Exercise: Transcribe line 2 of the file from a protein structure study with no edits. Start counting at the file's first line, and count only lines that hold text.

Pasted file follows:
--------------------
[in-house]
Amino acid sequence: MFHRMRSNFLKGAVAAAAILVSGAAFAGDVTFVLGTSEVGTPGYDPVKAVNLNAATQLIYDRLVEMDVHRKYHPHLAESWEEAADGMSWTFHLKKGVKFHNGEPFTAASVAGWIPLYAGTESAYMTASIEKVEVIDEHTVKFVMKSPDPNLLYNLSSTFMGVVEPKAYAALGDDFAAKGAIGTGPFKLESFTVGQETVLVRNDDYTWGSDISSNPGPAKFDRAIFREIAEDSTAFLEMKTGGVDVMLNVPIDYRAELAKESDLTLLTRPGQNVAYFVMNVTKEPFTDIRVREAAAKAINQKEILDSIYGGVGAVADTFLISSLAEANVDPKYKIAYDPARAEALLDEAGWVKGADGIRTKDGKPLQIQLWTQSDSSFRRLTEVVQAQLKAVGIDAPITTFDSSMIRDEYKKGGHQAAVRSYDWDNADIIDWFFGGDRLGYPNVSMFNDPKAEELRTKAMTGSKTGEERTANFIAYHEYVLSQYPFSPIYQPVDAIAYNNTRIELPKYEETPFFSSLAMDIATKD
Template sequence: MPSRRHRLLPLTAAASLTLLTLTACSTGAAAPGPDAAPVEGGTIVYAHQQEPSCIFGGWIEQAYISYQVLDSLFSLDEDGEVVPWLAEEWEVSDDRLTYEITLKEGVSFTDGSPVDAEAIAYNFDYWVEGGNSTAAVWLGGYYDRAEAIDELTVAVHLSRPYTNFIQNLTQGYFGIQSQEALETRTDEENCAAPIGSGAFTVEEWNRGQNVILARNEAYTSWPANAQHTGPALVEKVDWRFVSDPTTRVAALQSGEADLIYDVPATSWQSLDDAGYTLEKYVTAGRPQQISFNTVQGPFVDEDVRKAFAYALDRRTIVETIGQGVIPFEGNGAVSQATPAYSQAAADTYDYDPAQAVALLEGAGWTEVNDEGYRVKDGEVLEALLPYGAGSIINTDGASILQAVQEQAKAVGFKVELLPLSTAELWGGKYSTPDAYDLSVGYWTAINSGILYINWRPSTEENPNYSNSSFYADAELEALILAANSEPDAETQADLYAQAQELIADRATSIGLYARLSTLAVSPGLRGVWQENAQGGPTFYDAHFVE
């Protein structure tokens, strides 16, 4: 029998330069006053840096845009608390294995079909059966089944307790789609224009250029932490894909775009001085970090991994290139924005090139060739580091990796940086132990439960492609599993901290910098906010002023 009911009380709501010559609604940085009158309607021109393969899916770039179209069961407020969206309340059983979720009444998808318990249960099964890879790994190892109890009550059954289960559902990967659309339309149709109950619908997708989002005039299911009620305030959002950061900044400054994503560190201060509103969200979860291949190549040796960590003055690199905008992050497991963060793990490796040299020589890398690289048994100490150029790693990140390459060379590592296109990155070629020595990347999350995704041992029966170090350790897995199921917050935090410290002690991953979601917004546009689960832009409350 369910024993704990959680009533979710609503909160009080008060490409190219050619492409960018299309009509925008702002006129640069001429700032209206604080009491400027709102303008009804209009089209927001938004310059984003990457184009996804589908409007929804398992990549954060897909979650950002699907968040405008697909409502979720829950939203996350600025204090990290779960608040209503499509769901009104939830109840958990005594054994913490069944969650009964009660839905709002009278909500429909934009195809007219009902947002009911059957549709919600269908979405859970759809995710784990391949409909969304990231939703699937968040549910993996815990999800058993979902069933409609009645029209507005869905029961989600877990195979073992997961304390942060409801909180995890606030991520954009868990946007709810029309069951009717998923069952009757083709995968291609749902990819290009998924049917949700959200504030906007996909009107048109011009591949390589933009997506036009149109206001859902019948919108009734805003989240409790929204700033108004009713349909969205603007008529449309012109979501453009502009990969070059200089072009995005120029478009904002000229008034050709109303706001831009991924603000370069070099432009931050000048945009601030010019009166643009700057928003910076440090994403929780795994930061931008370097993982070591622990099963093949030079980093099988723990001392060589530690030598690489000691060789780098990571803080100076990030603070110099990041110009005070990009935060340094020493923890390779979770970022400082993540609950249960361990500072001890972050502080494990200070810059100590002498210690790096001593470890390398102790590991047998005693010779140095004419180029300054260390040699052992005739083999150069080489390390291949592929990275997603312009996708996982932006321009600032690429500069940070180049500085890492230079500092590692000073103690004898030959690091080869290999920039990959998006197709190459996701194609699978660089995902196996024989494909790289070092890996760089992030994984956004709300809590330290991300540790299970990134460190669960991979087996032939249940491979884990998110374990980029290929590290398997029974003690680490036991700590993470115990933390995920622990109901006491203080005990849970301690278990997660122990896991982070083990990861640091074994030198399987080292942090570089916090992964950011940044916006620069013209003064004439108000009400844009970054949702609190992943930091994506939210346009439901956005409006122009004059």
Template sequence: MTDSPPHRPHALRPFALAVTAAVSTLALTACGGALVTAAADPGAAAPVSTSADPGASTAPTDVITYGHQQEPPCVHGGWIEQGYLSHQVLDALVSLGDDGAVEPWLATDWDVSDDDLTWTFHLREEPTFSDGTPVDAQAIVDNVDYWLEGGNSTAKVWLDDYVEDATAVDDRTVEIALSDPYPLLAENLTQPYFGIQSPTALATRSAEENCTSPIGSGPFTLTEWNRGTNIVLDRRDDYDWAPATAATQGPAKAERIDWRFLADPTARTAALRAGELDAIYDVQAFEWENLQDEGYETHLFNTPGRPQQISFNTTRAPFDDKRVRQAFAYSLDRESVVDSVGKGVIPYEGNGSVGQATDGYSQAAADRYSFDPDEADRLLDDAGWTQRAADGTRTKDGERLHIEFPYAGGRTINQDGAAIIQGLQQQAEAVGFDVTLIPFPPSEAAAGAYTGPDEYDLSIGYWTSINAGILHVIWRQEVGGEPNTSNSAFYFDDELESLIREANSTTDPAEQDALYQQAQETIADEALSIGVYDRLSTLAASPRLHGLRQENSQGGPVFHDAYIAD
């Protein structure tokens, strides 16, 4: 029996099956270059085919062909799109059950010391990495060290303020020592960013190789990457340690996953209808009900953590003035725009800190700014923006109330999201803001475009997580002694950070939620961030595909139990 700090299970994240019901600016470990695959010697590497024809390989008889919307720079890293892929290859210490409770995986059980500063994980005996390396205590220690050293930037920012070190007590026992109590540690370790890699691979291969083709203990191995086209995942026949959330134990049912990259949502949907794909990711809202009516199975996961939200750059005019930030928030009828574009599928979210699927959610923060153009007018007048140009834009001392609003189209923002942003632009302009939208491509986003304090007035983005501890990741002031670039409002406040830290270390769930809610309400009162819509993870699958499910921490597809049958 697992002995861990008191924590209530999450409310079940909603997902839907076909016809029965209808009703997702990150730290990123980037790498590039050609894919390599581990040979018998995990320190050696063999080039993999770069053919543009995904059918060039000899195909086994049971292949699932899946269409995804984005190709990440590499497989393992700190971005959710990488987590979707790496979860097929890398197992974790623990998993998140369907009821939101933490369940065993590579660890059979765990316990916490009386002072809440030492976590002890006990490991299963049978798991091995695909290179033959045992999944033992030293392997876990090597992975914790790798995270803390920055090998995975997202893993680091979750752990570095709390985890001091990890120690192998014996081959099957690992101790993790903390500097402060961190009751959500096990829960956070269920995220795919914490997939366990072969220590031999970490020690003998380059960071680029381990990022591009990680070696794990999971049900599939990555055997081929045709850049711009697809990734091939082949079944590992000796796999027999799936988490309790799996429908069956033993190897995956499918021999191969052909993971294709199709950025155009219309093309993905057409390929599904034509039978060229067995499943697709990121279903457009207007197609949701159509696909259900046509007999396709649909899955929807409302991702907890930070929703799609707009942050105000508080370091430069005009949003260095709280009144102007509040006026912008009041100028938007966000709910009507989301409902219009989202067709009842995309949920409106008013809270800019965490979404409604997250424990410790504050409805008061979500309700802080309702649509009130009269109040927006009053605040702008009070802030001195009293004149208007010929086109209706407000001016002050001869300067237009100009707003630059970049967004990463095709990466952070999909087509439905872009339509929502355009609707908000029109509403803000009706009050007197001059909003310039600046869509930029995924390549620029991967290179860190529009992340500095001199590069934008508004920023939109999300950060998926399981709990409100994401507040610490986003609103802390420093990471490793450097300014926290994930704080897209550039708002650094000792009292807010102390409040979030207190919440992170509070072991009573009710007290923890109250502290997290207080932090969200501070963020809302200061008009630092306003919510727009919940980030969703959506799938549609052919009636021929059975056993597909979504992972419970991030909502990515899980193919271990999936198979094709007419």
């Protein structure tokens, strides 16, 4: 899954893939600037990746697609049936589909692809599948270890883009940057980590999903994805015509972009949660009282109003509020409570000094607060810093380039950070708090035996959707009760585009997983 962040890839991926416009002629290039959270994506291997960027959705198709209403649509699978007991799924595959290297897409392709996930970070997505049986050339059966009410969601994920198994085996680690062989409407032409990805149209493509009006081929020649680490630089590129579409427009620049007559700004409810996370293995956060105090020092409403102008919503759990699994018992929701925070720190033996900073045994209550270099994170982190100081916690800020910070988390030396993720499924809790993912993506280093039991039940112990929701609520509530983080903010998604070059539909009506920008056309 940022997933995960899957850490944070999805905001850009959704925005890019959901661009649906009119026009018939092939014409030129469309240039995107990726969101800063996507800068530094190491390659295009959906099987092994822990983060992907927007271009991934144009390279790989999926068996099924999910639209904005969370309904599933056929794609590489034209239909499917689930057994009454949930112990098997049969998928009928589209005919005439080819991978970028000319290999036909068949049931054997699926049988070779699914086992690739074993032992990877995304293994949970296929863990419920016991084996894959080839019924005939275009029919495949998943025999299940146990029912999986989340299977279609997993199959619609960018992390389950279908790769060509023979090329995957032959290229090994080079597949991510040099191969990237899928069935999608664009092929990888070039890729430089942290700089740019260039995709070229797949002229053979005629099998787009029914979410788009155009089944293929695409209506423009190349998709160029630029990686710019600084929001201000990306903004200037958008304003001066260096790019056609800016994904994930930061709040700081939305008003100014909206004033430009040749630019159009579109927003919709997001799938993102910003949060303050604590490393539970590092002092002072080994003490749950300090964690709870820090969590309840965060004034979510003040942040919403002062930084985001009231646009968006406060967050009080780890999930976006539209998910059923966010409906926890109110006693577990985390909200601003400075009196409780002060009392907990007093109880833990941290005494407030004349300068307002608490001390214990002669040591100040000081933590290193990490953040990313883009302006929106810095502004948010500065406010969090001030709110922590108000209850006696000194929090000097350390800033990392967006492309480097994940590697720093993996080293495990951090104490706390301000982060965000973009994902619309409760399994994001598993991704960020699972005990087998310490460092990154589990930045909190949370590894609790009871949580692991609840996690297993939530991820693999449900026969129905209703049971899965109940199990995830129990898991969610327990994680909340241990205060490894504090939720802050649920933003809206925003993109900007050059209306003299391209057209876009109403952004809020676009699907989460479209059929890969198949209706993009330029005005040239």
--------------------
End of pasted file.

Amino acid sequence: MFHRMRSNFLKGAVAAAAILVSGAAFAGDVTFVLGTSEVGTPGYDPVKAVNLNAATQLIYDRLVEMDVHRKYHPHLAESWEEAADGMSWTFHLKKGVKFHNGEPFTAASVAGWIPLYAGTESAYMTASIEKVEVIDEHTVKFVMKSPDPNLLYNLSSTFMGVVEPKAYAALGDDFAAKGAIGTGPFKLESFTVGQETVLVRNDDYTWGSDISSNPGPAKFDRAIFREIAEDSTAFLEMKTGGVDVMLNVPIDYRAELAKESDLTLLTRPGQNVAYFVMNVTKEPFTDIRVREAAAKAINQKEILDSIYGGVGAVADTFLISSLAEANVDPKYKIAYDPARAEALLDEAGWVKGADGIRTKDGKPLQIQLWTQSDSSFRRLTEVVQAQLKAVGIDAPITTFDSSMIRDEYKKGGHQAAVRSYDWDNADIIDWFFGGDRLGYPNVSMFNDPKAEELRTKAMTGSKTGEERTANFIAYHEYVLSQYPFSPIYQPVDAIAYNNTRIELPKYEETPFFSSLAMDIATKD